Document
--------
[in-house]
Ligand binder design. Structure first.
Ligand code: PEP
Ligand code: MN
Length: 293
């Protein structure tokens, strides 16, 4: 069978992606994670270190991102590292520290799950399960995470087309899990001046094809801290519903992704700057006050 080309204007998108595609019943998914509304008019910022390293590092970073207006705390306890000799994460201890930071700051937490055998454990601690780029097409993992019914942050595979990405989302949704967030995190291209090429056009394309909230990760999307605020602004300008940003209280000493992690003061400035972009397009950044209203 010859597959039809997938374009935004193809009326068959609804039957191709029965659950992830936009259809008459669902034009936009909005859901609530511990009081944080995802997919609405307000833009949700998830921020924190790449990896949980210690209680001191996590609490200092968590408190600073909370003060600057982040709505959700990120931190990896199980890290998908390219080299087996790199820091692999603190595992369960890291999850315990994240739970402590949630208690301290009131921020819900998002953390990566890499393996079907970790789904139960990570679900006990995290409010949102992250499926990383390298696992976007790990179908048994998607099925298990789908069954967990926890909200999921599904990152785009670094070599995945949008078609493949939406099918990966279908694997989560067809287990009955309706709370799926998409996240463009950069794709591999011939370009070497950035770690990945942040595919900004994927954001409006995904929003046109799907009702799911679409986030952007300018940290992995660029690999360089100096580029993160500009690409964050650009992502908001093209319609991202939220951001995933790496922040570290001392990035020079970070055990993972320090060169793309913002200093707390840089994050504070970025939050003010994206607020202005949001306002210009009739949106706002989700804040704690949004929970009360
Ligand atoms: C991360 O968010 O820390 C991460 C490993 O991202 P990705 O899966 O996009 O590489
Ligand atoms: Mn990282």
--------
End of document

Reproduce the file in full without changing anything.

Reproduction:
[in-house]
Ligand binder design. Structure first.
Ligand code: PEP
Ligand code: MN
Length: 293
């Protein structure tokens, strides 16, 4: 069978992606994670270190991102590292520290799950399960995470087309899990001046094809801290519903992704700057006050 080309204007998108595609019943998914509304008019910022390293590092970073207006705390306890000799994460201890930071700051937490055998454990601690780029097409993992019914942050595979990405989302949704967030995190291209090429056009394309909230990760999307605020602004300008940003209280000493992690003061400035972009397009950044209203 010859597959039809997938374009935004193809009326068959609804039957191709029965659950992830936009259809008459669902034009936009909005859901609530511990009081944080995802997919609405307000833009949700998830921020924190790449990896949980210690209680001191996590609490200092968590408190600073909370003060600057982040709505959700990120931190990896199980890290998908390219080299087996790199820091692999603190595992369960890291999850315990994240739970402590949630208690301290009131921020819900998002953390990566890499393996079907970790789904139960990570679900006990995290409010949102992250499926990383390298696992976007790990179908048994998607099925298990789908069954967990926890909200999921599904990152785009670094070599995945949008078609493949939406099918990966279908694997989560067809287990009955309706709370799926998409996240463009950069794709591999011939370009070497950035770690990945942040595919900004994927954001409006995904929003046109799907009702799911679409986030952007300018940290992995660029690999360089100096580029993160500009690409964050650009992502908001093209319609991202939220951001995933790496922040570290001392990035020079970070055990993972320090060169793309913002200093707390840089994050504070970025939050003010994206607020202005949001306002210009009739949106706002989700804040704690949004929970009360
Ligand atoms: C991360 O968010 O820390 C991460 C490993 O991202 P990705 O899966 O996009 O590489
Ligand atoms: Mn990282």